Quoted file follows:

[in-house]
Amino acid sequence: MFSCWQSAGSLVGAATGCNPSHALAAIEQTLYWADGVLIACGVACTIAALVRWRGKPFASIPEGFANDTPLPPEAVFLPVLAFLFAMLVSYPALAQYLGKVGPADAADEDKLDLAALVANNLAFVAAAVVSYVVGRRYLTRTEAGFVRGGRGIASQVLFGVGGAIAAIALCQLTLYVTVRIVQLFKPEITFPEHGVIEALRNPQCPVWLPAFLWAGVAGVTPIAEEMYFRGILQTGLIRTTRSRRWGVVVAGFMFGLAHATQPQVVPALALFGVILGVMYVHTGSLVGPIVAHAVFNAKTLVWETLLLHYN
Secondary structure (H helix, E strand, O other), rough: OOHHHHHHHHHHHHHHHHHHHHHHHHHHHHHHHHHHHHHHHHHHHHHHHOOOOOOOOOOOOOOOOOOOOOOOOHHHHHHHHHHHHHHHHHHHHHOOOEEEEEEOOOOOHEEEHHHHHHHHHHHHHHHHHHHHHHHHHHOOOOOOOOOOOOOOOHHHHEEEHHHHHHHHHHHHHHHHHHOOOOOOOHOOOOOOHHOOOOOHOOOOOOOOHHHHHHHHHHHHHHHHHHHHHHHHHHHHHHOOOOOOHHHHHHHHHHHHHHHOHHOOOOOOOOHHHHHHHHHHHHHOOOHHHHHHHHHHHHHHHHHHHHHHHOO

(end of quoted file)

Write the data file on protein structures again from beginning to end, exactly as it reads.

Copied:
[in-house]
Amino acid sequence: MFSCWQSAGSLVGAATGCNPSHALAAIEQTLYWADGVLIACGVACTIAALVRWRGKPFASIPEGFANDTPLPPEAVFLPVLAFLFAMLVSYPALAQYLGKVGPADAADEDKLDLAALVANNLAFVAAAVVSYVVGRRYLTRTEAGFVRGGRGIASQVLFGVGGAIAAIALCQLTLYVTVRIVQLFKPEITFPEHGVIEALRNPQCPVWLPAFLWAGVAGVTPIAEEMYFRGILQTGLIRTTRSRRWGVVVAGFMFGLAHATQPQVVPALALFGVILGVMYVHTGSLVGPIVAHAVFNAKTLVWETLLLHYN
Secondary structure (H helix, E strand, O other), rough: OOHHHHHHHHHHHHHHHHHHHHHHHHHHHHHHHHHHHHHHHHHHHHHHHOOOOOOOOOOOOOOOOOOOOOOOOHHHHHHHHHHHHHHHHHHHHHOOOEEEEEEOOOOOHEEEHHHHHHHHHHHHHHHHHHHHHHHHHHOOOOOOOOOOOOOOOHHHHEEEHHHHHHHHHHHHHHHHHHOOOOOOOHOOOOOOHHOOOOOHOOOOOOOOHHHHHHHHHHHHHHHHHHHHHHHHHHHHHHOOOOOOHHHHHHHHHHHHHHHOHHOOOOOOOOHHHHHHHHHHHHHOOOHHHHHHHHHHHHHHHHHHHHHHHOO